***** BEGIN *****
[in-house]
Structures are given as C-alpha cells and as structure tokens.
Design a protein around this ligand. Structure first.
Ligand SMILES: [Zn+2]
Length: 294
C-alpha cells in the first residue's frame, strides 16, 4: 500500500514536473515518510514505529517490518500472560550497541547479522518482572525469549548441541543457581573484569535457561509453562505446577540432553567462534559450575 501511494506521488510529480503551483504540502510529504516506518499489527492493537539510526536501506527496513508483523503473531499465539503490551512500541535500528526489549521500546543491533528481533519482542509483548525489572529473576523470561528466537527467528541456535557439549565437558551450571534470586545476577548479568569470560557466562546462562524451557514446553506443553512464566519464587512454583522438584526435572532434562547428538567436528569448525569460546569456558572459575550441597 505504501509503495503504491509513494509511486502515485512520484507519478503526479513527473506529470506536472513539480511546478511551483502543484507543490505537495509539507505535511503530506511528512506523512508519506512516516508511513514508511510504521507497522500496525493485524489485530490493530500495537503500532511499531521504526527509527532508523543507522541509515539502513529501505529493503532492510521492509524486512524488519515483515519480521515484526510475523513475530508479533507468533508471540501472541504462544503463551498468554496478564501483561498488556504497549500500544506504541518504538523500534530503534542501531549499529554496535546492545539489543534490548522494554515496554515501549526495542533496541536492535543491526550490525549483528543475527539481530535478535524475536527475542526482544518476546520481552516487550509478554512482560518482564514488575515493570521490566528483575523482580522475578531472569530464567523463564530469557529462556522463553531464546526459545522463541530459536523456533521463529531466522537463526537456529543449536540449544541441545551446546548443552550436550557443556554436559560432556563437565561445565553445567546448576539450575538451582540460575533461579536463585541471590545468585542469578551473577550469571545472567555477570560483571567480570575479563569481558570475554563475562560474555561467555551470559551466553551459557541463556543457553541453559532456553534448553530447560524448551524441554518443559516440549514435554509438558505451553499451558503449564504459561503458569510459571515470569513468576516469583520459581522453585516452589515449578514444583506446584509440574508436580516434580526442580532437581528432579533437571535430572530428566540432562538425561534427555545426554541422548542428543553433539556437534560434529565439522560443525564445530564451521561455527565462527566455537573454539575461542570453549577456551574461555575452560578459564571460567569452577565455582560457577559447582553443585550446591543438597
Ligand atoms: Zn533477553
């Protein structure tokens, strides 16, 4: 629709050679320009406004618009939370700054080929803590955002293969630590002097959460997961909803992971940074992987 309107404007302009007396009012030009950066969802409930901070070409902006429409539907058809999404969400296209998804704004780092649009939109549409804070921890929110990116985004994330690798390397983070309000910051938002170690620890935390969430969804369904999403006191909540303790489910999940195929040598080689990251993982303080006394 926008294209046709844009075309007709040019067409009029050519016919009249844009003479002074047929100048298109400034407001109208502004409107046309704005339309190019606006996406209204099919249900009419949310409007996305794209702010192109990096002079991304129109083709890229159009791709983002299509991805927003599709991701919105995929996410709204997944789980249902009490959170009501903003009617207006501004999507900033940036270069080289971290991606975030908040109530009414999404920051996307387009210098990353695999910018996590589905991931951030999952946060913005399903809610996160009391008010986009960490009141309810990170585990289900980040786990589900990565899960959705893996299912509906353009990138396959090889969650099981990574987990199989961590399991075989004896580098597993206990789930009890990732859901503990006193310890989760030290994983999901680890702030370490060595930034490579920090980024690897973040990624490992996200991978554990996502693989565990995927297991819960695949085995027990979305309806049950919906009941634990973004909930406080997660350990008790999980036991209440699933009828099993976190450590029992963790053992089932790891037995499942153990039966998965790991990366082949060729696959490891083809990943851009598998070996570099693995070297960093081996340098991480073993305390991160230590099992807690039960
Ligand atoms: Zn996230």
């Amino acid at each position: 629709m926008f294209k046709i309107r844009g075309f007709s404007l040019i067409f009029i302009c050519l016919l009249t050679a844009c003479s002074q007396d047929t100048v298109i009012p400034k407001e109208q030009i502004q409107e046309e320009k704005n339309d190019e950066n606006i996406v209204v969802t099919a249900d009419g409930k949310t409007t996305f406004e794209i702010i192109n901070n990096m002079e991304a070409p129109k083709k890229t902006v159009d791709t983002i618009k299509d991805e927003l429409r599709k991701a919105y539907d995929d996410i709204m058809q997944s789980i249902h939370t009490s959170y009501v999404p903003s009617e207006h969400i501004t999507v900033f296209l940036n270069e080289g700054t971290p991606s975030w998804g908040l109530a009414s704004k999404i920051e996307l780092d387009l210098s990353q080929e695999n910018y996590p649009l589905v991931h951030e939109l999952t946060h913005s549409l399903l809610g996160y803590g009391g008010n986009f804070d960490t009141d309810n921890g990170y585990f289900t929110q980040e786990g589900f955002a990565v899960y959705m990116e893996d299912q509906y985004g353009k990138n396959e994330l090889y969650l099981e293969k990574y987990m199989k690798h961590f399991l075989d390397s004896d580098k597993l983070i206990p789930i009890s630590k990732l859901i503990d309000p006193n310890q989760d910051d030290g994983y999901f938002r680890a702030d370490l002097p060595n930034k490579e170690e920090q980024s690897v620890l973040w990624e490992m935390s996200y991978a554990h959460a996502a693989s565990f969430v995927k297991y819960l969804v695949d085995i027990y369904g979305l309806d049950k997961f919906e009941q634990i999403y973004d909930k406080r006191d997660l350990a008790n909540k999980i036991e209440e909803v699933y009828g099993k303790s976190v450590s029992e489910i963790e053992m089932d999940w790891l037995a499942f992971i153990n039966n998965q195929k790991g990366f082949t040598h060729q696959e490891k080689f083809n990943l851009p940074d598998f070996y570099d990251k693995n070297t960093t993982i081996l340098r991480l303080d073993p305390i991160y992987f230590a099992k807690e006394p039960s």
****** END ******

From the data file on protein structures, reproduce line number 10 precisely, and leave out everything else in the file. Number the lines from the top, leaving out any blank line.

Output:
């Amino acid at each position: 629709m926008f294209k046709i309107r844009g075309f007709s404007l040019i067409f009029i302009c050519l016919l009249t050679a844009c003479s002074q007396d047929t100048v298109i009012p400034k407001e109208q030009i502004q409107e046309e320009k704005n339309d190019e950066n606006i996406v209204v969802t099919a249900d009419g409930k949310t409007t996305f406004e794209i702010i192109n901070n990096m002079e991304a070409p129109k083709k890229t902006v159009d791709t983002i618009k299509d991805e927003l429409r599709k991701a919105y539907d995929d996410i709204m058809q997944s789980i249902h939370t009490s959170y009501v999404p903003s009617e207006h969400i501004t999507v900033f296209l940036n270069e080289g700054t971290p991606s975030w998804g908040l109530a009414s704004k999404i920051e996307l780092d387009l210098s990353q080929e695999n910018y996590p649009l589905v991931h951030e939109l999952t946060h913005s549409l399903l809610g996160y803590g009391g008010n986009f804070d960490t009141d309810n921890g990170y585990f289900t929110q980040e786990g589900f955002a990565v899960y959705m990116e893996d299912q509906y985004g353009k990138n396959e994330l090889y969650l099981e293969k990574y987990m199989k690798h961590f399991l075989d390397s004896d580098k597993l983070i206990p789930i009890s630590k990732l859901i503990d309000p006193n310890q989760d910051d030290g994983y999901f938002r680890a702030d370490l002097p060595n930034k490579e170690e920090q980024s690897v620890l973040w990624e490992m935390s996200y991978a554990h959460a996502a693989s565990f969430v995927k297991y819960l969804v695949d085995i027990y369904g979305l309806d049950k997961f919906e009941q634990i999403y973004d909930k406080r006191d997660l350990a008790n909540k999980i036991e209440e909803v699933y009828g099993k303790s976190v450590s029992e489910i963790e053992m089932d999940w790891l037995a499942f992971i153990n039966n998965q195929k790991g990366f082949t040598h060729q696959e490891k080689f083809n990943l851009p940074d598998f070996y570099d990251k693995n070297t960093t993982i081996l340098r991480l303080d073993p305390i991160y992987f230590a099992k807690e006394p039960s």